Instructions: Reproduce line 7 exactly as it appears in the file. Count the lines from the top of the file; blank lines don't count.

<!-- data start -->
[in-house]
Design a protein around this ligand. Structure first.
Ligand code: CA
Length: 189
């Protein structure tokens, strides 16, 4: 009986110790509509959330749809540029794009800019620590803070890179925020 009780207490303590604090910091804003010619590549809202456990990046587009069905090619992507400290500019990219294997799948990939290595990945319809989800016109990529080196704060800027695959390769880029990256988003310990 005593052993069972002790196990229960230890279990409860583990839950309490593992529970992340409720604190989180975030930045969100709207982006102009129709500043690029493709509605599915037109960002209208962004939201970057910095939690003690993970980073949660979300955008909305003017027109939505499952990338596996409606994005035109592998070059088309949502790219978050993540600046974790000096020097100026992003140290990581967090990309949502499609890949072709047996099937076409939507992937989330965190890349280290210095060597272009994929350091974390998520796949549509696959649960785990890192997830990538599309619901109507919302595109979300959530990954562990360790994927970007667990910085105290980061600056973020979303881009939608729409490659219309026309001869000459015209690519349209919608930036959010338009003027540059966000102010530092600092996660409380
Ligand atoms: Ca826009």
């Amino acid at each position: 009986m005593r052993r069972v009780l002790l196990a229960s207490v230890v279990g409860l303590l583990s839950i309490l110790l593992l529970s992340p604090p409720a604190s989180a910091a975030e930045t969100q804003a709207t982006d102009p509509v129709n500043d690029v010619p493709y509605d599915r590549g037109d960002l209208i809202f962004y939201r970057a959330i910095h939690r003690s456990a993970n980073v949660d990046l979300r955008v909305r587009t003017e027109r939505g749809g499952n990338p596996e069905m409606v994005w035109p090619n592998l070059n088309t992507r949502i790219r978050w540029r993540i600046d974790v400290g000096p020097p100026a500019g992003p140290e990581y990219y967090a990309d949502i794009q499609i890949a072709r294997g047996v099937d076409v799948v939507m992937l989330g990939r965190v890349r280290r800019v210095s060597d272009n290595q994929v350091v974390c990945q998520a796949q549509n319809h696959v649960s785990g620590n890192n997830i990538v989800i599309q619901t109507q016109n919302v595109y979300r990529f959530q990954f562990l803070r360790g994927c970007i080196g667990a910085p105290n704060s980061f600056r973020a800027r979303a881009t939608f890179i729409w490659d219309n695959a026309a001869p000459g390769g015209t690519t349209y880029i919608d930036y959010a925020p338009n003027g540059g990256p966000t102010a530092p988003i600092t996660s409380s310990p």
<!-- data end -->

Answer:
């Amino acid at each position: 009986m005593r052993r069972v009780l002790l196990a229960s207490v230890v279990g409860l303590l583990s839950i309490l110790l593992l529970s992340p604090p409720a604190s989180a910091a975030e930045t969100q804003a709207t982006d102009p509509v129709n500043d690029v010619p493709y509605d599915r590549g037109d960002l209208i809202f962004y939201r970057a959330i910095h939690r003690s456990a993970n980073v949660d990046l979300r955008v909305r587009t003017e027109r939505g749809g499952n990338p596996e069905m409606v994005w035109p090619n592998l070059n088309t992507r949502i790219r978050w540029r993540i600046d974790v400290g000096p020097p100026a500019g992003p140290e990581y990219y967090a990309d949502i794009q499609i890949a072709r294997g047996v099937d076409v799948v939507m992937l989330g990939r965190v890349r280290r800019v210095s060597d272009n290595q994929v350091v974390c990945q998520a796949q549509n319809h696959v649960s785990g620590n890192n997830i990538v989800i599309q619901t109507q016109n919302v595109y979300r990529f959530q990954f562990l803070r360790g994927c970007i080196g667990a910085p105290n704060s980061f600056r973020a800027r979303a881009t939608f890179i729409w490659d219309n695959a026309a001869p000459g390769g015209t690519t349209y880029i919608d930036y959010a925020p338009n003027g540059g990256p966000t102010a530092p988003i600092t996660s409380s310990p």